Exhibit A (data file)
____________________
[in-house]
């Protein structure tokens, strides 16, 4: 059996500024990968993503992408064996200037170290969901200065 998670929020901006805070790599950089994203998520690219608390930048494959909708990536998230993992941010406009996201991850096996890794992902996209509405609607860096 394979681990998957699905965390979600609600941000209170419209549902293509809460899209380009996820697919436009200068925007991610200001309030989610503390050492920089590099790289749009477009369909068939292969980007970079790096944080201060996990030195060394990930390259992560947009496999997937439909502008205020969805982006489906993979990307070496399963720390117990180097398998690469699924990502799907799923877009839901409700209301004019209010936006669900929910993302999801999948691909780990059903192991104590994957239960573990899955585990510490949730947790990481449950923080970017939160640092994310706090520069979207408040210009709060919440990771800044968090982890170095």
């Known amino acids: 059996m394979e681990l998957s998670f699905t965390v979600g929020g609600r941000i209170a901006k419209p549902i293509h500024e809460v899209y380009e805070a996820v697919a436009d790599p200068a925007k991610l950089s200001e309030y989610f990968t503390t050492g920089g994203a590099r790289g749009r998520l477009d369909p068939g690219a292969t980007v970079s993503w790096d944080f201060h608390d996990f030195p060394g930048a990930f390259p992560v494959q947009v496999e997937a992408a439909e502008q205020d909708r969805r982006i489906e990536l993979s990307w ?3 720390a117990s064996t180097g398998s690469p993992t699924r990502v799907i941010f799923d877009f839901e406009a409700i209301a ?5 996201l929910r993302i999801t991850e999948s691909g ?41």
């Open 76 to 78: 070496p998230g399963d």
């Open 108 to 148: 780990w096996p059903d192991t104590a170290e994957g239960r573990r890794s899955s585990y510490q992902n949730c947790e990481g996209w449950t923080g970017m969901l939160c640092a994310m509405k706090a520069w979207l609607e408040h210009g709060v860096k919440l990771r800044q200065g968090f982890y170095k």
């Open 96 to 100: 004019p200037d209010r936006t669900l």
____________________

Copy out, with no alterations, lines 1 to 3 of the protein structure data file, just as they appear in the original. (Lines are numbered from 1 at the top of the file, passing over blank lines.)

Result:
[in-house]
């Protein structure tokens, strides 16, 4: 059996500024990968993503992408064996200037170290969901200065 998670929020901006805070790599950089994203998520690219608390930048494959909708990536998230993992941010406009996201991850096996890794992902996209509405609607860096 394979681990998957699905965390979600609600941000209170419209549902293509809460899209380009996820697919436009200068925007991610200001309030989610503390050492920089590099790289749009477009369909068939292969980007970079790096944080201060996990030195060394990930390259992560947009496999997937439909502008205020969805982006489906993979990307070496399963720390117990180097398998690469699924990502799907799923877009839901409700209301004019209010936006669900929910993302999801999948691909780990059903192991104590994957239960573990899955585990510490949730947790990481449950923080970017939160640092994310706090520069979207408040210009709060919440990771800044968090982890170095």
């Known amino acids: 059996m394979e681990l998957s998670f699905t965390v979600g929020g609600r941000i209170a901006k419209p549902i293509h500024e809460v899209y380009e805070a996820v697919a436009d790599p200068a925007k991610l950089s200001e309030y989610f990968t503390t050492g920089g994203a590099r790289g749009r998520l477009d369909p068939g690219a292969t980007v970079s993503w790096d944080f201060h608390d996990f030195p060394g930048a990930f390259p992560v494959q947009v496999e997937a992408a439909e502008q205020d909708r969805r982006i489906e990536l993979s990307w ?3 720390a117990s064996t180097g398998s690469p993992t699924r990502v799907i941010f799923d877009f839901e406009a409700i209301a ?5 996201l929910r993302i999801t991850e999948s691909g ?41």